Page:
Some games, such as The Wind Waker port on the Wii U, have been able to leverage a second screen to improve inventory management. By touching the screen on the controller, players can get to their inventory quickly and easily without stopping the game. This method not only makes it easier to use the inventory, but it also improves the overall user experience (UX) without making big changes to how the game was originally made. Also, ZombiU uses the second screen of the GamePad as an inventory system that works in real time. This adds to the tension and immersion by making players keep track of their inventory while still being vulnerable to zombie attacks. Second screens were particularly well used on the Nintendo DS and 3DS systems. Many games (e.g., Pokémon, Professor Layton, and The Legend of Zelda: Phantom Hourglass) on these systems took advantage of the dual-screen setup, with the lower screen often used for inventory management, maps, or additional gameplay elements.

Quick Wheels: Maximizing Efficiency with Limited Buttons

When there isn’t a second screen, game designers have to come up with new ways to make inventory systems easier to use. One such solution is the quick wheel, which uses the precision of an analogue stick to offer multiple item slots for quick access. This allows players to quickly switch between items without having to pause the game or navigate through menus, making gameplay more efficient and enjoyable. The quick wheel has become a popular feature in many modern games, especially those that are designed for consoles with limited buttons.

In Dishonored, for example, a radial quick wheel lets players quickly access their skills and gear. Players can pause the game by holding down a button, and then use the analogue stick to choose the desired power or item. This lets them switch between tools quickly without having to go through menus. The Ratchet & Clank series features a weapon quick wheel, which lets players cycle through their arsenal with ease. By holding down a button, a radial menu appears, displaying all the available weapons. Players can then use the analogue stick to select their desired weapon, making it easy to change strategies during combat. In Red Dead Redemption 2, the quick wheel is used for managing weapons, items, and provisions. By holding down a button, players can access a radial menu divided into multiple sections for weapons, consumables, and other items. The analogue stick is then used to navigate the wheel and make selections, allowing players to quickly access and manage their inventory in the heat of battle. By providing players with more slots, the need to navigate through menus is reduced, resulting in a more efficient and enjoyable UX.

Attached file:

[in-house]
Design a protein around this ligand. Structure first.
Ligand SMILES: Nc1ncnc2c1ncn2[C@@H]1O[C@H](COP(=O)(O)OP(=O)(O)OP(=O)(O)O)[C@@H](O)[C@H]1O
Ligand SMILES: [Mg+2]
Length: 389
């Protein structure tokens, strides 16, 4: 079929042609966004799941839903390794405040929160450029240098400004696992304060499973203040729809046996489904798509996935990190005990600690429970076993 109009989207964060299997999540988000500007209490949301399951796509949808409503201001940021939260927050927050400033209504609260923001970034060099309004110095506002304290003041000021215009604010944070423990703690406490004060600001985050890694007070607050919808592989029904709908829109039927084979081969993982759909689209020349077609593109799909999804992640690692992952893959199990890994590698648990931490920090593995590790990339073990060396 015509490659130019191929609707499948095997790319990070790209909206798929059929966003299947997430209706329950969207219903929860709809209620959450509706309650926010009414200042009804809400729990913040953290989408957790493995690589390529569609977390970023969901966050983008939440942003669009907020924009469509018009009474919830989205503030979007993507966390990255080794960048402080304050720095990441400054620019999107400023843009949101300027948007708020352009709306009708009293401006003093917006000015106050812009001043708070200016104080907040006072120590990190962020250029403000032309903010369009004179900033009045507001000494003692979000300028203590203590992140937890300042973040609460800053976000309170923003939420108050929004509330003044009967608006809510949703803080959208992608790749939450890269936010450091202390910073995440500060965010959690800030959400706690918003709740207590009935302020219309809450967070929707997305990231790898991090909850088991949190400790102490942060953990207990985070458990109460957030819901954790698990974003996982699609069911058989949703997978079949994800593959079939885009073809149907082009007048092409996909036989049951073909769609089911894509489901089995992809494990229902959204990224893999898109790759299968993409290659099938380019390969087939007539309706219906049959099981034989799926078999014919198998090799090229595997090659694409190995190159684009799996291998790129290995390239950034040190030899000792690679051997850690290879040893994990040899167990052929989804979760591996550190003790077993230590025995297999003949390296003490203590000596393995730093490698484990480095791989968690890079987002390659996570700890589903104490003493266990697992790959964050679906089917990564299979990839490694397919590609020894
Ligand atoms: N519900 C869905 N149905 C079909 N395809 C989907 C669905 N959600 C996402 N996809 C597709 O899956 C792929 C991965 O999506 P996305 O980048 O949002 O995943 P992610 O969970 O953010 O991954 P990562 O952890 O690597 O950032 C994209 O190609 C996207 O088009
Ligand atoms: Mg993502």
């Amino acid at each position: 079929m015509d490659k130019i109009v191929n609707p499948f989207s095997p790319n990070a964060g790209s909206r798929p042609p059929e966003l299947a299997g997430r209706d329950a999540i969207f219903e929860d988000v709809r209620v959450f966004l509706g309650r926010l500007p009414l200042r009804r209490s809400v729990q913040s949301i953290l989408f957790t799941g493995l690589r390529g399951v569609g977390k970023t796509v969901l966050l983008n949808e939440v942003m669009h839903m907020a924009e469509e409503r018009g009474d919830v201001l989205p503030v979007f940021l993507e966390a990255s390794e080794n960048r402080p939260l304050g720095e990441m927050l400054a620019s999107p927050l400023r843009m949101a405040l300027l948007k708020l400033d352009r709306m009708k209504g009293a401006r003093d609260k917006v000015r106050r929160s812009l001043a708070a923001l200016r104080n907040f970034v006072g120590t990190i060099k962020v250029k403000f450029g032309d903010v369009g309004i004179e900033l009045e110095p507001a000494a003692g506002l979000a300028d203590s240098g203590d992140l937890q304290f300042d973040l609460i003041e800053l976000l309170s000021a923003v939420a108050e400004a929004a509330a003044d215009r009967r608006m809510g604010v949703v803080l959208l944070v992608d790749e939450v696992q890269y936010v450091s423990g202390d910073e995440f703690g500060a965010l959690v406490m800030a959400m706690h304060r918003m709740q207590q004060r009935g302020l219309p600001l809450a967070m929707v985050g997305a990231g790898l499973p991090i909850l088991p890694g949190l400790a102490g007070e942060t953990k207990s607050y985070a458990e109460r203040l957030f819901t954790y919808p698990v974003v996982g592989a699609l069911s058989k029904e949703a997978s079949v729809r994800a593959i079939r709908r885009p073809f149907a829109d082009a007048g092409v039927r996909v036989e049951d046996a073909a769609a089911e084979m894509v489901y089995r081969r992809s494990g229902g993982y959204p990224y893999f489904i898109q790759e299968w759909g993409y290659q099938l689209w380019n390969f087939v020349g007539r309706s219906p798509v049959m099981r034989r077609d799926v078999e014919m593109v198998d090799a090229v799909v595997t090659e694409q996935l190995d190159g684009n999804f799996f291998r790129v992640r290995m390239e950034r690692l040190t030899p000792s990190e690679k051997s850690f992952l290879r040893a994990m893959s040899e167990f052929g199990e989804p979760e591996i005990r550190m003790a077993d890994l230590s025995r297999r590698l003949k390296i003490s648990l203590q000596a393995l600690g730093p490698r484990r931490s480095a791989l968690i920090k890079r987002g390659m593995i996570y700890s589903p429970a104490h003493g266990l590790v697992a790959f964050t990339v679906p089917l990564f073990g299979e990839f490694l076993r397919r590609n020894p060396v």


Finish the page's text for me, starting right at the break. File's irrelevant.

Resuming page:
Managing Time: How Inventory Affects the Game World

Another crucial part of designing an inventory is figuring out what should happen in the game world while the player looks at their inventory. Designers must decide whether the game world should stop, slow down, or continue as the player manages their inventory. Each choice has pros and cons and can have a big effect on the UX, so it’s important to think about the game’s core values and how you want the player to feel. Player feedback can also be factored in when deciding how to design an inventory. Listening to player experiences and preferences can help designers craft an inventory system that is intuitive and enjoyable to use. Ultimately, the goal should be to create an inventory system that is both functional and enjoyable for the player. There are essentially three ways of designing your inventory’s user interface in the game: